2. That we may render unto God the obedience which he requires, or on account of the command of God. God requires the commencement of obedience in this life, and the perfection of it in the life to come. “This is my commandment, That ye love one another.” “This is the will of God even your sanctification.” “Being then made free from sin, ye be came the servants of righteousness.” “Yield your members as instruments of righteousness unto God.” (John 15:12” 1 Thes. 4:3. Rom. 6:18, 13.)

3. That we may thus render unto God the gratitude which we owe unto him. It is just and proper that we should love, worship and reverence him by whom we have been redeemed, and from whom we have received the greatest benefits, and that we should declare our love and gratitude by our obedience and good works. God deserves our obedience and worship on account of the benefits which he confers upon us. We do not merit his benefits by anything that we do. Hence our gratitude, which shows itself by our obedience and good works, is due unto God for his great benefits. “I beseech you, brethren, by the mercies of God, that ye present your bodies a living sacrifice, holy, acceptable unto God, which is your reasonable service.” “Ye are an holy priesthood to offer up spiritual sacrifices acceptable to God by Jesus Christ. (Rom. 12:1. Pet. 2:5,9, 20.)

II. Good works are to be done on our own account,

1. That we may thereby testify our faith, and be assured of its existence in us by the fruits which we produce in our lives. “Every good tree bringeth forth good fruit.” “Being filled with the fruits of righteousness which are by Jesus Christ, unto the praise and glory of God.” “Faith without works is dead.” (Matt. 7:17. Phil. 1:11. James 2:17.) It is by our good works, therefore, that we know that we possess true faith, because the effect is not without its own proper cause, which is always known by its effect; so that if we are destitute of good works and new obedience, we are hypocrites, and have an evil conscience instead of true faith; for true faith (which is never wanting in all the fruits which are peculiar to it,) as a fruitful tree produces good works, obedience and repentance; which fruits distinguish true faith from that faith which is merely historical and temporary, as well as from hypocrisy itself.

2. That we may be assured of the fact that we have obtained the forgiveness of sins through Christ, and that we are justified for his sake. Justification and regeneration are benefits which are connected and knit together in such a way as never to be separated from each other. Christ obtained both for us at the same time, viz: the forgiveness of sins and the Holy Spirit, who through faith excites in us the desire of good works and new obedience.

3. That we may be assured of our election and salvation. “Give diligence to make your calling and election sure.” (2 Pet. 1:10.) This cause naturally grows out of the preceding one; for God out of his mercy chose from everlasting only those who are justified on account of the merit of his Son. “Whom he did predestinate, them he also called; and whom he called, them he also justified.” (Rom. 8:30.) We are, therefore, assured of our election by our justification; and that we are justified in Christ, (which benefit is never granted unto the elect without sanctification,) we know from faith; of which we are, again, assured by the fruits of faith, which are good works, new obedience and true repentance.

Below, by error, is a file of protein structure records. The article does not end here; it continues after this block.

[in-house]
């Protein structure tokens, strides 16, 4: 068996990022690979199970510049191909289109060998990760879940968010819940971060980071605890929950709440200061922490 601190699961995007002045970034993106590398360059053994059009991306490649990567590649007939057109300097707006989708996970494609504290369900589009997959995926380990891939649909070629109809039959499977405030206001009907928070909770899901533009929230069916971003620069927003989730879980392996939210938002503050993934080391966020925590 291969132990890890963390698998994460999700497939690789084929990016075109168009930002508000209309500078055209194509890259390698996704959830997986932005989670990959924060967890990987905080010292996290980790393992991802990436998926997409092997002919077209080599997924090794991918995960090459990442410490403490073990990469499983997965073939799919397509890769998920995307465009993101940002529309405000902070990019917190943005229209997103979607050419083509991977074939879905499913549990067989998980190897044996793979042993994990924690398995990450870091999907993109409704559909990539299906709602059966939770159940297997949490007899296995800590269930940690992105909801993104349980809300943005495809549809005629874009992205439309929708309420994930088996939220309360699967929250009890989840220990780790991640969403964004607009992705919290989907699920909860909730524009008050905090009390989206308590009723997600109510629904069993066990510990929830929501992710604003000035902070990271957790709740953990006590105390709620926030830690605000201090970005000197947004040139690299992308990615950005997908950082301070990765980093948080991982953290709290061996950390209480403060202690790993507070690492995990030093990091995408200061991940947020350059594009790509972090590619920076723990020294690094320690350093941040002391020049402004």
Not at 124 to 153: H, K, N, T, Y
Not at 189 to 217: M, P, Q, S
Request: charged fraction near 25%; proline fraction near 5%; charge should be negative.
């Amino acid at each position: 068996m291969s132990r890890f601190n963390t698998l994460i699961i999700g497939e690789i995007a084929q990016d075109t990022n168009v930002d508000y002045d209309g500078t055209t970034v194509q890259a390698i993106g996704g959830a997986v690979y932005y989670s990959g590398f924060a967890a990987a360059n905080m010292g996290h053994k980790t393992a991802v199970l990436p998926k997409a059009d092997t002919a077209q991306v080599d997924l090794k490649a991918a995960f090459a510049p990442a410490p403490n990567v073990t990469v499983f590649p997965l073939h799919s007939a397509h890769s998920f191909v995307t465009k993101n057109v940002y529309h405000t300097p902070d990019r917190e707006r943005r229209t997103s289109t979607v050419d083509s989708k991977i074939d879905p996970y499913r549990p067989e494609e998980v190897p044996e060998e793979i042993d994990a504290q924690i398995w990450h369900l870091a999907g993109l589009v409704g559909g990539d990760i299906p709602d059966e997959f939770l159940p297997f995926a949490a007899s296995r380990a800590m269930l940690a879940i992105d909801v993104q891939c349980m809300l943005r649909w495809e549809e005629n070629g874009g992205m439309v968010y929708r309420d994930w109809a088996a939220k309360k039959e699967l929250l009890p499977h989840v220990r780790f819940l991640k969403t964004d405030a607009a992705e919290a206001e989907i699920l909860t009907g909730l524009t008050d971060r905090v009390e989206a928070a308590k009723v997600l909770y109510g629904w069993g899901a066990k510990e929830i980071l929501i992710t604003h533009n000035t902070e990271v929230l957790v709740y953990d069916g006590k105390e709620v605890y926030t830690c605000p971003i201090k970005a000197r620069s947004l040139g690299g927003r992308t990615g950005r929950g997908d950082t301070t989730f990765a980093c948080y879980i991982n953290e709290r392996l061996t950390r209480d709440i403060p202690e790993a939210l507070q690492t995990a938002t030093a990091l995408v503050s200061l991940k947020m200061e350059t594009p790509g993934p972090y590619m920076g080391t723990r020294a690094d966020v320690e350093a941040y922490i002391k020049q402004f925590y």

4. That our faith may be exercised, nourished, strengthened and in creased by good works. Those who indulge in unclean lusts and desires against their consciences cannot have faith, and so are destitute of a good conscience and of confidence in God as reconciled and gracious; for it is only by faith that we obtain a sense of the divine favor towards us and a good conscience. “If ye live after the flesh, ye shall die.” “I put thee in remembrance, that thou stir up the gift of God, which is in thee.” (Rom. 8:13. 2 Tim. 1:6.)

5. That we may adorn and commend our profession, life and calling by our good works. “I beseech you, that ye walk worthy of the vocation wherewith ye are called.” (Eph. 4:1.)

6. That we may escape temporal and eternal punishment. “Every tree that bringeth not forth good fruit is hewn down and cast into the fire.” “If ye live after the flesh ye shall die.” “Thou with rebukes dost correct man for iniquity.” (Matt. 7:19. Rom. 8:13. Ps. 39:11.)

7. That we may obtain from God those temporal and spiritual rewards, which, according to the divine promise, accompany good works both in this and in a future life. “Godliness is profitable unto all things, having promise of the life that now is, and of that which is to come.” (1 Tim. 4:8.) And if God did not desire that the hope of reward, and the fear of punishment should be moving causes of good works, he would not use them as arguments in the promises and threatenings which he addresses unto us in his word.

III. Good works are to be done for the sake of our neighbor,

1. That we may be profitable unto our neighbor, and edify him by our example and godly conversation. “All things are for your sakes, that the abundant grace might, through the thanksgiving of many, redound to the glory of God,” &c. “Nevertheless to abide in the flesh is more needful for you.” (2 Cor. 4:15. Phil. 1:24.)

2. That we may not be the occasion of offences and scandal to the cause of Christ. “Woe to that man by whom the offence cometh.” “The name of God is blasphemed among the Gentiles through you.” (Matt. 18:7. Rom. 2:24.)

3. That we may win the unbelieving to Christ. “And when thou art converted, strengthen thy brethren.” (Luke 22:32.)